Carnegie Mellon University: Machine Learning Tool Helps Human Rights Workers Seek Justice. “Interdisciplinary researchers at CMU created a tool that can scan thousands of hours of multimedia in a matter of minutes. It can help human rights practitioners build cases against war criminals.”
Arolsen Archives: Ten million more names published. “In the winter of 1945/46, the four occupying powers issued orders to German local authorities, companies, the police, and other institutions requiring them to draw up lists of the foreign nationals, German Jews and stateless persons who were registered with them. Details of burial sites were to be included. A large collection of the documents created in this way as well as other lists from the American Zone of Occupation can now be viewed in the online archive of the Arolsen Archives. They contain information pertaining to around ten million names.”
Times of Israel: Yale launches Holocaust survivors podcast. “The series launched this week with the testimony of Martin Schiller, a Jewish man from Poland who described his experiences in the concentration and slave labor camps of Plaszow, Skarzysko-Kamienna, Buchenwald and Theresienstadt.”
SILive: Advance/SILive. com launches website featuring Holocaust survivor stories. “Today, the Advance/SILive.com proudly introduces our readers to a new website that has been nearly two years in the making. That’s how long multimedia specialist Shira Stoll has been working on a project to document the stories of Staten Island’s remaining Holocaust survivors.”
The Atlantic: Tech Companies Are Deleting Evidence of War Crimes. “…some of what governments ask tech companies to do, such as suppressing violent content, cuts against other legitimate goals, such as bringing warlords and dictators to justice. Balancing these priorities is hard enough when humans are making judgments in accordance with established legal norms. In contrast, tech giants operate largely in the dark.”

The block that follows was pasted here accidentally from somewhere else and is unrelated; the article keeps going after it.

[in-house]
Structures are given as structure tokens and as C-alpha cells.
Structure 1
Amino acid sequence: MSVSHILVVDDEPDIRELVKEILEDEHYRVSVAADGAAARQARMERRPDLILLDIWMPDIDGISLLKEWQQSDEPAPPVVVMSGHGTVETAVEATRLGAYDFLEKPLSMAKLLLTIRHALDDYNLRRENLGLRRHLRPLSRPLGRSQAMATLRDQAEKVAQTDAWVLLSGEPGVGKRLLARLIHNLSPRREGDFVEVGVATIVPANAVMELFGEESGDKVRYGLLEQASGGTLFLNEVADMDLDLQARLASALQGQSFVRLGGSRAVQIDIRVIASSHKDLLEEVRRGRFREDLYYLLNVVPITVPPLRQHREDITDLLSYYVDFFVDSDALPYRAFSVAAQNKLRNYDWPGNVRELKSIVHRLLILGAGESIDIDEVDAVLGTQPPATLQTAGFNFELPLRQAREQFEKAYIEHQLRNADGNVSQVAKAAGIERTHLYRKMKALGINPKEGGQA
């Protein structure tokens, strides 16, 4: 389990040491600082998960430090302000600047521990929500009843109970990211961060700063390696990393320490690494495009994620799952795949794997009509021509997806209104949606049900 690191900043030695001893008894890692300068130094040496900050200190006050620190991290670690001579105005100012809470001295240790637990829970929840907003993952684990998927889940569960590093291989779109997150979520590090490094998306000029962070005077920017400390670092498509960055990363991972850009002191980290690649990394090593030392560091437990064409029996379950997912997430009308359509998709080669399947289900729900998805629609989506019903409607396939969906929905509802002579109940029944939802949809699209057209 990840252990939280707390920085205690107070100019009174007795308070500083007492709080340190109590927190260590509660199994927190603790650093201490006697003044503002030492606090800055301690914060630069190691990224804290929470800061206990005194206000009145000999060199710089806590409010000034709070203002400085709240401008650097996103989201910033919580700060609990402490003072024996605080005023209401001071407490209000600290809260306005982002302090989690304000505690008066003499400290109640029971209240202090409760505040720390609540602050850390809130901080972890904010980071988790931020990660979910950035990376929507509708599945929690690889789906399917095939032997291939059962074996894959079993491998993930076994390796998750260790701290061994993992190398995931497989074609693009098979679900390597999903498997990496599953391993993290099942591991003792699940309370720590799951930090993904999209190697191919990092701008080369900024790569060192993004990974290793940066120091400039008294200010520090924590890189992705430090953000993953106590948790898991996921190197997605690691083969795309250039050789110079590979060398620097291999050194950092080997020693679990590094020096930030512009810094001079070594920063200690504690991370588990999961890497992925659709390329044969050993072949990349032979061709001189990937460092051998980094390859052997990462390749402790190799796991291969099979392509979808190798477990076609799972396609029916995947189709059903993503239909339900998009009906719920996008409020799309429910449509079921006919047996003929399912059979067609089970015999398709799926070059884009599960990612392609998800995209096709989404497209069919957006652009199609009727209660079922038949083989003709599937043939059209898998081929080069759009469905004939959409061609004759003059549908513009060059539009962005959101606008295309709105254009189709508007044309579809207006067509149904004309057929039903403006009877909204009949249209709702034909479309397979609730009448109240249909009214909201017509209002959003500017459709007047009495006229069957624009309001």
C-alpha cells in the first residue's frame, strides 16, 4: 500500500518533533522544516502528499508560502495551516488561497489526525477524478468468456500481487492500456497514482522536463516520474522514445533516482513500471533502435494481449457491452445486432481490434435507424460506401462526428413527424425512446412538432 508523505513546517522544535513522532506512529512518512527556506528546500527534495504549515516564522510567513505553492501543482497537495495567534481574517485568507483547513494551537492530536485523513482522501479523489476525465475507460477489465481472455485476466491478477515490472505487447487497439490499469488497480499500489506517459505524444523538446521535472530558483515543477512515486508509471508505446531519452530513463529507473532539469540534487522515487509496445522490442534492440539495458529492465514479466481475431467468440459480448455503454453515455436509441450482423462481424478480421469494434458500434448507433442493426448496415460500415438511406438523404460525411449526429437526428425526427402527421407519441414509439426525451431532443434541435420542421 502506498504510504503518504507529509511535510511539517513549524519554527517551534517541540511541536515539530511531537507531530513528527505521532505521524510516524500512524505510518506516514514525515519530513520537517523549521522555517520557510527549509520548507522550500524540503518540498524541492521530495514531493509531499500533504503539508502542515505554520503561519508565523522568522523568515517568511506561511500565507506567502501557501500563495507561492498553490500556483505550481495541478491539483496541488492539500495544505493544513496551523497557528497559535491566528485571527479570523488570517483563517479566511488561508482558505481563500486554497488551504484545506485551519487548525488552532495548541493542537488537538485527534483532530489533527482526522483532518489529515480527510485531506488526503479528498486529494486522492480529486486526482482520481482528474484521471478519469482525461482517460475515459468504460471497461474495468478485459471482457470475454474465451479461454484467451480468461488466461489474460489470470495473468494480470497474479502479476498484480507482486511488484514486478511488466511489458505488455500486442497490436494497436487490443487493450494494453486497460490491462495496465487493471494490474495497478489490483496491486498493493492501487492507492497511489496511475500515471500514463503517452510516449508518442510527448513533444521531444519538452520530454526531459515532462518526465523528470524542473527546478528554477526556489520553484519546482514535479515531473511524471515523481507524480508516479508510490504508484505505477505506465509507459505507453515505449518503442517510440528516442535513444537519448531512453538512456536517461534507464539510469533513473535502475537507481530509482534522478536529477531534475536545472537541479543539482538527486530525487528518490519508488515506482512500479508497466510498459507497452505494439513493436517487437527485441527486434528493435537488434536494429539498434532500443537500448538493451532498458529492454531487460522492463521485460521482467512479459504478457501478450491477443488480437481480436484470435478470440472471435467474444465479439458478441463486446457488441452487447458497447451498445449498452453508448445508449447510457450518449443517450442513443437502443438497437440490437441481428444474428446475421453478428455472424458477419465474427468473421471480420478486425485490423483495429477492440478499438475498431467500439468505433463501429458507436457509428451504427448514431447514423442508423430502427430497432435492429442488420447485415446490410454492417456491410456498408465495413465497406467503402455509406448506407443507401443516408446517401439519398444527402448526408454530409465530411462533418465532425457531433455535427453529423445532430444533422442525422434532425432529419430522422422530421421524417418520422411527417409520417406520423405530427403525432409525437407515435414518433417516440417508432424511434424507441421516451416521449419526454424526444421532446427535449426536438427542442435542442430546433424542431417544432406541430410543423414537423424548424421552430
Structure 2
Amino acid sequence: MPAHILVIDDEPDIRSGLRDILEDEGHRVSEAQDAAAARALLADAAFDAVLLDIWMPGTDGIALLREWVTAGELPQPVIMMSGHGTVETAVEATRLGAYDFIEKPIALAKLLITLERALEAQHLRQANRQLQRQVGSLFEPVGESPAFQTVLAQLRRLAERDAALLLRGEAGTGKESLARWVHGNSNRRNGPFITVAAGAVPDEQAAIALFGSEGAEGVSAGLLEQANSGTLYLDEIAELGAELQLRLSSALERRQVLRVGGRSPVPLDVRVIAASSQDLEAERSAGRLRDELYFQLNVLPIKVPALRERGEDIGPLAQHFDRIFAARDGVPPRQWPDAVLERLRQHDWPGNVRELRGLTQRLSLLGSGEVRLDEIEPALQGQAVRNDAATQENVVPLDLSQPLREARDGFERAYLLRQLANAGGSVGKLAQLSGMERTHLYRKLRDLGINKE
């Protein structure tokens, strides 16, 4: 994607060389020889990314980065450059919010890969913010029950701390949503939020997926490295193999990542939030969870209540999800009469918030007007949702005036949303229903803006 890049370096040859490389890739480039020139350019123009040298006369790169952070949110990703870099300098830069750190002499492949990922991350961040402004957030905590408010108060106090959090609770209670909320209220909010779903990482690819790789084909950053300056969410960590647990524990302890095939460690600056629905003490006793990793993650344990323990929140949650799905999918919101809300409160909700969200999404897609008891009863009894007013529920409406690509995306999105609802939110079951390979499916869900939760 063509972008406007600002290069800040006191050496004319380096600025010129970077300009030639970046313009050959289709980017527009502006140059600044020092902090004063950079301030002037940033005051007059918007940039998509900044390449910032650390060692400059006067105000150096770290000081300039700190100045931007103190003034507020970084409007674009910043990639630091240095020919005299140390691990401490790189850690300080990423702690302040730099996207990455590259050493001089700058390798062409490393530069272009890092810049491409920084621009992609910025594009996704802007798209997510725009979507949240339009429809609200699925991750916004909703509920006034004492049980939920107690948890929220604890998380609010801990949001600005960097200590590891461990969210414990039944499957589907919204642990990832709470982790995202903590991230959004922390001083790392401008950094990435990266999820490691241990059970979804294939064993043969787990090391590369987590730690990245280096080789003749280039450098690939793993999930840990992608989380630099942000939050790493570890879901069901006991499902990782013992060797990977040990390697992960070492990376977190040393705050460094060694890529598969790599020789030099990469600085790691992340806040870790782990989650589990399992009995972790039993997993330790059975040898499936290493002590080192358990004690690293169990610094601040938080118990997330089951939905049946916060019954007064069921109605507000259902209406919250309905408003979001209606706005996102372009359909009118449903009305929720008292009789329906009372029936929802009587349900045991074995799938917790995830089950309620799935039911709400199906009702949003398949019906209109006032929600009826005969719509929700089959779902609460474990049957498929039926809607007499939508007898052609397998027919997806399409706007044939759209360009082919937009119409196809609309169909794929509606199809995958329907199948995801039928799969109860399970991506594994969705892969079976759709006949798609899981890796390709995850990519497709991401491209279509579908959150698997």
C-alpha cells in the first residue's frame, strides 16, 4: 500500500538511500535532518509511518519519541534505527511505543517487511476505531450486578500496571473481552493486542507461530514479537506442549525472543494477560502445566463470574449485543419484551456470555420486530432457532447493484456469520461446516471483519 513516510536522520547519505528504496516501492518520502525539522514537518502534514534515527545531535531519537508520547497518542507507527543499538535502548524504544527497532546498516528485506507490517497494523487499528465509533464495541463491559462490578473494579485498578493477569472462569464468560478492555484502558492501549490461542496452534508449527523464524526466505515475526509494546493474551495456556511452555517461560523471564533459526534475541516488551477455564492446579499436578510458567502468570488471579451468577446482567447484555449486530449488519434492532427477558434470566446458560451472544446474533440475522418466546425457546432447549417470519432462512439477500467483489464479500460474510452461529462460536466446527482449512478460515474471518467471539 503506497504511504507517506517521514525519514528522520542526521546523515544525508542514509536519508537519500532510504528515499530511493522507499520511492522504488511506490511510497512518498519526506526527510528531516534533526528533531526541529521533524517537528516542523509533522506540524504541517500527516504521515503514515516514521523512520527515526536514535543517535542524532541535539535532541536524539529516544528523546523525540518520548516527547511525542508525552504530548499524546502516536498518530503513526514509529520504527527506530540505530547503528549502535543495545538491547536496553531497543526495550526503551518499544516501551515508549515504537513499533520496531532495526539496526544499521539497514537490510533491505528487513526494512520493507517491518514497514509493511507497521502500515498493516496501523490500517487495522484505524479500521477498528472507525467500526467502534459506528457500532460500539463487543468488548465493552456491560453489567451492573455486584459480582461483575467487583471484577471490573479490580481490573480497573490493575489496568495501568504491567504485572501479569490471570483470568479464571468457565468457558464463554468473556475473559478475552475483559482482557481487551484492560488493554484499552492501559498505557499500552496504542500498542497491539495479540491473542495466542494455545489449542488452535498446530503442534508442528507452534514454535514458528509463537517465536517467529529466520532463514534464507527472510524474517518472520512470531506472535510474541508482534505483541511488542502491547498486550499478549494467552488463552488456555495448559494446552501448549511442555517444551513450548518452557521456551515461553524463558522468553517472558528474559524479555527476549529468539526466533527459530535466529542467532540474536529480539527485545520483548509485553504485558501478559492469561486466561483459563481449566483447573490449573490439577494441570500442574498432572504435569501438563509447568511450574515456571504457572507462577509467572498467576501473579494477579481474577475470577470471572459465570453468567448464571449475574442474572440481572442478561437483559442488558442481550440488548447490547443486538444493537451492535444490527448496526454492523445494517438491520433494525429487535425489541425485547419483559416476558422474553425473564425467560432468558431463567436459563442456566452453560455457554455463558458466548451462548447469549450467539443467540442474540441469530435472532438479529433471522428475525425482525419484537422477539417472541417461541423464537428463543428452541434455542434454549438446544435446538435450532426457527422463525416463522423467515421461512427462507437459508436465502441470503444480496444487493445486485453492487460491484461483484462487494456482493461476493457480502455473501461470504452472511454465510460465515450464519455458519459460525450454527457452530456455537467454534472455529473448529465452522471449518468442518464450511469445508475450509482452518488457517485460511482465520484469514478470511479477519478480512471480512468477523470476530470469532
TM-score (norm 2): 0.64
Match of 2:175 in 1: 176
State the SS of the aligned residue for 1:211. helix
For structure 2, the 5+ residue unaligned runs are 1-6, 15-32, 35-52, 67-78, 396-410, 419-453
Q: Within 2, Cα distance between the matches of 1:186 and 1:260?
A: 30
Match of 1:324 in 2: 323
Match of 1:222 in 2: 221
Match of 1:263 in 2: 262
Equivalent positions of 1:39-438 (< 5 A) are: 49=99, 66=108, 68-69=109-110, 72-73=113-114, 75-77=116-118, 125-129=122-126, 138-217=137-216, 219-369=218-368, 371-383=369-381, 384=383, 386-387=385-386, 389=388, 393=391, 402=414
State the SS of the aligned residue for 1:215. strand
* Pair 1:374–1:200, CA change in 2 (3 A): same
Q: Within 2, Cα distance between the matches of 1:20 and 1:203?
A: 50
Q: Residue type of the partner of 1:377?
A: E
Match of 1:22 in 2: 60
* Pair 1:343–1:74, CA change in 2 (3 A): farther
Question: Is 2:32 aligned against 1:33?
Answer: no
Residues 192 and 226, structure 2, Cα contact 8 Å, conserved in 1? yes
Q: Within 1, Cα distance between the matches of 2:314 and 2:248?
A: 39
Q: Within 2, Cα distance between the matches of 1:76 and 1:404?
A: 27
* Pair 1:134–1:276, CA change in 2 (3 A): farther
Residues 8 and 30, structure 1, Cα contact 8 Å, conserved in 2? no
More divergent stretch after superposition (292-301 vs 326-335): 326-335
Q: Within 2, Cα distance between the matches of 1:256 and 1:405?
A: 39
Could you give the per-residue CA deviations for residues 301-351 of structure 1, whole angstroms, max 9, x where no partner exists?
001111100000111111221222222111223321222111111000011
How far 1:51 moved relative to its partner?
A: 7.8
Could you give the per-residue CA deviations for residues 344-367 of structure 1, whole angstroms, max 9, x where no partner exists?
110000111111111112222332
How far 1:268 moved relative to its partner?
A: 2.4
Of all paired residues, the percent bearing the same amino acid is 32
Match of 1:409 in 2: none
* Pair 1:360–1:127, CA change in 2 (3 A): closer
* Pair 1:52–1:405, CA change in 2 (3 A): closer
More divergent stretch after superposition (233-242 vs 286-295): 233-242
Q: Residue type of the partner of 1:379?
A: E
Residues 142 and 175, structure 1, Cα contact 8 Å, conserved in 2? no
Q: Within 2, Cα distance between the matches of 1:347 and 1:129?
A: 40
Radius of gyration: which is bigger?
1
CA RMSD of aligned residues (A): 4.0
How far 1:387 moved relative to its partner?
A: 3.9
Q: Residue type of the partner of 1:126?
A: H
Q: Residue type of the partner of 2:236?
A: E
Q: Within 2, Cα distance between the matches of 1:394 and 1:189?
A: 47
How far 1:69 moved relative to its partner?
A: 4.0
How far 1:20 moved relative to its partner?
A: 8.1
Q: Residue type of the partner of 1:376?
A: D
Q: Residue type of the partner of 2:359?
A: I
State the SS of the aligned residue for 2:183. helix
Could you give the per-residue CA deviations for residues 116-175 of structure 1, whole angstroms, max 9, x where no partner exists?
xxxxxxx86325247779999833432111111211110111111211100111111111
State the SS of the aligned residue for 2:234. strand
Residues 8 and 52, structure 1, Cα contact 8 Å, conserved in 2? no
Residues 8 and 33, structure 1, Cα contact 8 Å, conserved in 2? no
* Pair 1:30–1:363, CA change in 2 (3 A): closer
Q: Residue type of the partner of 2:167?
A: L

Riverfront Times: She Interviewed 144 St. Louis Holocaust Survivors. Now Her Work Is Online. “In 1979, Vida ‘Sister’ Prince saw an article in the paper showcasing the recently opened St. Louis Holocaust Center. After calling the director and offering to volunteer, Prince found that the center was looking for people to accompany Holocaust survivors as they shared their story in local schools. Although Prince was Jewish, she had no familial connection to the Holocaust. She had never even met a Holocaust survivor before. Still, she jumped at the opportunity to travel across St. Louis with these survivors. It was during these sessions that Prince decided she wanted to do more. She wanted to help these survivors preserve their stories. So, she broke out the cassette tapes and started recording. “
Korea JoongAng Daily: Sex slave documents detailed in a full catalogue. “The four-volume publication lists all the documents compiled by the [Northeast History Foundation] since it was launched in 2006 through the end of last year from Japan, the Allied Powers during World War II, China, Taiwan and Thailand. The catalogue can be used as a comprehensive reference of documents on the Imperial Japanese Army’s forceful recruitment of girls and young women into sexual slavery before and during World War II. It also includes records that have yet to be revealed to the Korean public gathered from the Second Historical Archives of China and the National Archives of Thailand.” The material will be put into an online database in April.